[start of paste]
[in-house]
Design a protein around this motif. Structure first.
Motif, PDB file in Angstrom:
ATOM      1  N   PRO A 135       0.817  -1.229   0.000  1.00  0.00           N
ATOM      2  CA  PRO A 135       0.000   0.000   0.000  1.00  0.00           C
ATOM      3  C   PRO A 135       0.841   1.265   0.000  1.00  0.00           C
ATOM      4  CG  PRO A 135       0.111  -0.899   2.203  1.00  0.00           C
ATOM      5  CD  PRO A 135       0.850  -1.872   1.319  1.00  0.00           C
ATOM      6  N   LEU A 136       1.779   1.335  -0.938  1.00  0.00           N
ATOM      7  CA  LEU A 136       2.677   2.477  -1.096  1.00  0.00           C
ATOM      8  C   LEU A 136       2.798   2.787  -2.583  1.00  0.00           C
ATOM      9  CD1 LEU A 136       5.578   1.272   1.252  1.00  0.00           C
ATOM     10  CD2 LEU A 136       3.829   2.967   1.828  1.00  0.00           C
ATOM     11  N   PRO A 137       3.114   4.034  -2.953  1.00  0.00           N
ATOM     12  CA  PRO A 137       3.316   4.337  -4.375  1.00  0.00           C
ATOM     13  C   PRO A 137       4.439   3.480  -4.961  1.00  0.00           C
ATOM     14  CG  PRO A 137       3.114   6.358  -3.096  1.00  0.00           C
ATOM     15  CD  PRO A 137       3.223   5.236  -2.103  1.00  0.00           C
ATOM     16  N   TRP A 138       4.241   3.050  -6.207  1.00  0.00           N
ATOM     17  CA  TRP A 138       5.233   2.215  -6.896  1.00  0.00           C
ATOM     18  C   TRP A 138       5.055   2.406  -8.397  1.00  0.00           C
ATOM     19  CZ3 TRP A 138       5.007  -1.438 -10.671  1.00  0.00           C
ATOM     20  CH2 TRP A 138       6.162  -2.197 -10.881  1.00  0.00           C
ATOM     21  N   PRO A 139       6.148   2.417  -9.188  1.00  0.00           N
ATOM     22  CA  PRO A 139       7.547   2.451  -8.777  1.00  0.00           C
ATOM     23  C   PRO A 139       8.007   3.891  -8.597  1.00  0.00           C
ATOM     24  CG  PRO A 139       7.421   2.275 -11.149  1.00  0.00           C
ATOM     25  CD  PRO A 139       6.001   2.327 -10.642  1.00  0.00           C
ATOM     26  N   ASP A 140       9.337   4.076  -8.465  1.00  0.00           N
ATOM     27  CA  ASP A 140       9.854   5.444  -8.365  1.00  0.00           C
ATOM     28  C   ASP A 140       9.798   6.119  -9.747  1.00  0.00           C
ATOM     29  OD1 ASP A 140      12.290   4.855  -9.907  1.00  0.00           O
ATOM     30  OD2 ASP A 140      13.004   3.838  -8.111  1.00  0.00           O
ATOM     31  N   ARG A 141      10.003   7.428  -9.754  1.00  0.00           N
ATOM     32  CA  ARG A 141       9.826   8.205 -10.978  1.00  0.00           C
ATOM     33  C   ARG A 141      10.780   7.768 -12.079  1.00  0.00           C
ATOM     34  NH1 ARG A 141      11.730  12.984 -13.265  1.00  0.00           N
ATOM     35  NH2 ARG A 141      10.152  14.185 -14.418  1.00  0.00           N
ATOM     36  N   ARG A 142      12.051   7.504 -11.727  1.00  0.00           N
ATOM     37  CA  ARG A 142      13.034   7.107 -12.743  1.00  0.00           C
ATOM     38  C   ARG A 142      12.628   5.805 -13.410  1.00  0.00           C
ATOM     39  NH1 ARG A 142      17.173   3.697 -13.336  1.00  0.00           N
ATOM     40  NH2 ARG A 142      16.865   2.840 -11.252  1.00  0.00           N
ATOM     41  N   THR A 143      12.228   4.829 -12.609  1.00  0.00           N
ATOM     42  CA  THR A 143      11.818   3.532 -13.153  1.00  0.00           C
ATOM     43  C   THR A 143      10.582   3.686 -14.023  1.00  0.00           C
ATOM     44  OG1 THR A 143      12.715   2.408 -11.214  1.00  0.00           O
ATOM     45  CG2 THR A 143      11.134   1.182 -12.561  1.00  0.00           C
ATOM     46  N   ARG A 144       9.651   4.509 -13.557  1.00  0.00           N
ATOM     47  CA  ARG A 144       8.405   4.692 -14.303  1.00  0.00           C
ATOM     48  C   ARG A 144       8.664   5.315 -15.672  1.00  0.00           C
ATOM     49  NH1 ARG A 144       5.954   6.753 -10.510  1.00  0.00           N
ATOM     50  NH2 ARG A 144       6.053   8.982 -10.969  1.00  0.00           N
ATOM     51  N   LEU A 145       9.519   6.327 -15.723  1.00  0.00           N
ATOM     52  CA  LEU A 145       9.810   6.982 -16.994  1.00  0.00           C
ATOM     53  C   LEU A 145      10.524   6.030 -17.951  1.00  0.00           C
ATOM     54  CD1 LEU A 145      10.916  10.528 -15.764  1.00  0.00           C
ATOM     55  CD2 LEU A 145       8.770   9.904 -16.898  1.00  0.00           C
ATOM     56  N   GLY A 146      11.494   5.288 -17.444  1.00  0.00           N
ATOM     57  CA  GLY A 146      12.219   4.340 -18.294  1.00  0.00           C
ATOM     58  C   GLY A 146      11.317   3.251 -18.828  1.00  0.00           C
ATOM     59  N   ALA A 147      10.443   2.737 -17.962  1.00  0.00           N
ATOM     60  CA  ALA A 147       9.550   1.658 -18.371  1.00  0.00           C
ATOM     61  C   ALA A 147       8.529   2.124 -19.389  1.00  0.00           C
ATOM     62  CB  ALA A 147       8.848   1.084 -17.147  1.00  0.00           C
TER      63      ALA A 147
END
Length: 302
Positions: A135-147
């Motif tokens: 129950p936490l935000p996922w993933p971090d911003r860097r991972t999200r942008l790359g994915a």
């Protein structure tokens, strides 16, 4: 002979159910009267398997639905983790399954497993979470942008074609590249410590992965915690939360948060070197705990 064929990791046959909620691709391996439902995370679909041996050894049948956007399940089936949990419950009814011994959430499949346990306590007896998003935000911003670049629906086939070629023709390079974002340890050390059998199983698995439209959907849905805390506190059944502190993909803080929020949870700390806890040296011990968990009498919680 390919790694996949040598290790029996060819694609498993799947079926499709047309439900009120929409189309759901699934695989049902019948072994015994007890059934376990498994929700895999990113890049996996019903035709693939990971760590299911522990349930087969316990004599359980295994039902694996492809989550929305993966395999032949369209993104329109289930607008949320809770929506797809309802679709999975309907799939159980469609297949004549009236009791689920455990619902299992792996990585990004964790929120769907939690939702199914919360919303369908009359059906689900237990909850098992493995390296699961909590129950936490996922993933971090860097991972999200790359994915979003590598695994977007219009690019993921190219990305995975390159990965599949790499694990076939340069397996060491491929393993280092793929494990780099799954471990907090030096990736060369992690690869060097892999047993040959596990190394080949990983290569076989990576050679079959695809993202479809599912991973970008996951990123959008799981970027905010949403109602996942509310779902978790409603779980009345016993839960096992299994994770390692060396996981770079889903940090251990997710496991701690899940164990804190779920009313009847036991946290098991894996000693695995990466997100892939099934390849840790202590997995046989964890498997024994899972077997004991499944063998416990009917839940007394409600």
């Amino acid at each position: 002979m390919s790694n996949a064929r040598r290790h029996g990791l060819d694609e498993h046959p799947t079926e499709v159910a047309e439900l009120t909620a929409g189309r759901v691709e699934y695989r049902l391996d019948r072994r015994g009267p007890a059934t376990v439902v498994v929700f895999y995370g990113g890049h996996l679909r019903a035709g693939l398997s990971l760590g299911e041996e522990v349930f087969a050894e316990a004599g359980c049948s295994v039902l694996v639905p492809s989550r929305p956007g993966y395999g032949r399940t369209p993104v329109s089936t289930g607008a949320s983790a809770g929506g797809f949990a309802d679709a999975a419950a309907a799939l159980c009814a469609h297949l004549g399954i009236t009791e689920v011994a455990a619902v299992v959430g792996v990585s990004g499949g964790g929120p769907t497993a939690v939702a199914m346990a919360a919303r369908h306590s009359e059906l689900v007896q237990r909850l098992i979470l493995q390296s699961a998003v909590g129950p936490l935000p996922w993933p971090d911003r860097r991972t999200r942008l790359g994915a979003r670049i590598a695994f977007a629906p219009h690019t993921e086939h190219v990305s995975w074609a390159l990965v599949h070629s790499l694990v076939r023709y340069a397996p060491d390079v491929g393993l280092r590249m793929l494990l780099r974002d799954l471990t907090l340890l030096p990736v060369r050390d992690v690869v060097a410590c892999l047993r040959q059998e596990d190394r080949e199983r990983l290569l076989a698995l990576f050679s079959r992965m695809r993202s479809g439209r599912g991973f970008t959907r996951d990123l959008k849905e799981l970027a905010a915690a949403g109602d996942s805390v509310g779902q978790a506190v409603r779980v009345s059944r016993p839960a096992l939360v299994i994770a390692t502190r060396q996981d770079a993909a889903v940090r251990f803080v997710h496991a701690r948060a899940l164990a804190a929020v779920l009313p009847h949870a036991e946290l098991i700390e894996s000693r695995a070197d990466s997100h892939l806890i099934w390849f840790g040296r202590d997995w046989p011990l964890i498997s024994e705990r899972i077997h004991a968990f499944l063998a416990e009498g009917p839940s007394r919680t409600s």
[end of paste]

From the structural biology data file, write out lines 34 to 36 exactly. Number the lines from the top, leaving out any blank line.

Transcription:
ATOM     31  N   ARG A 141      10.003   7.428  -9.754  1.00  0.00           N
ATOM     32  CA  ARG A 141       9.826   8.205 -10.978  1.00  0.00           C
ATOM     33  C   ARG A 141      10.780   7.768 -12.079  1.00  0.00           C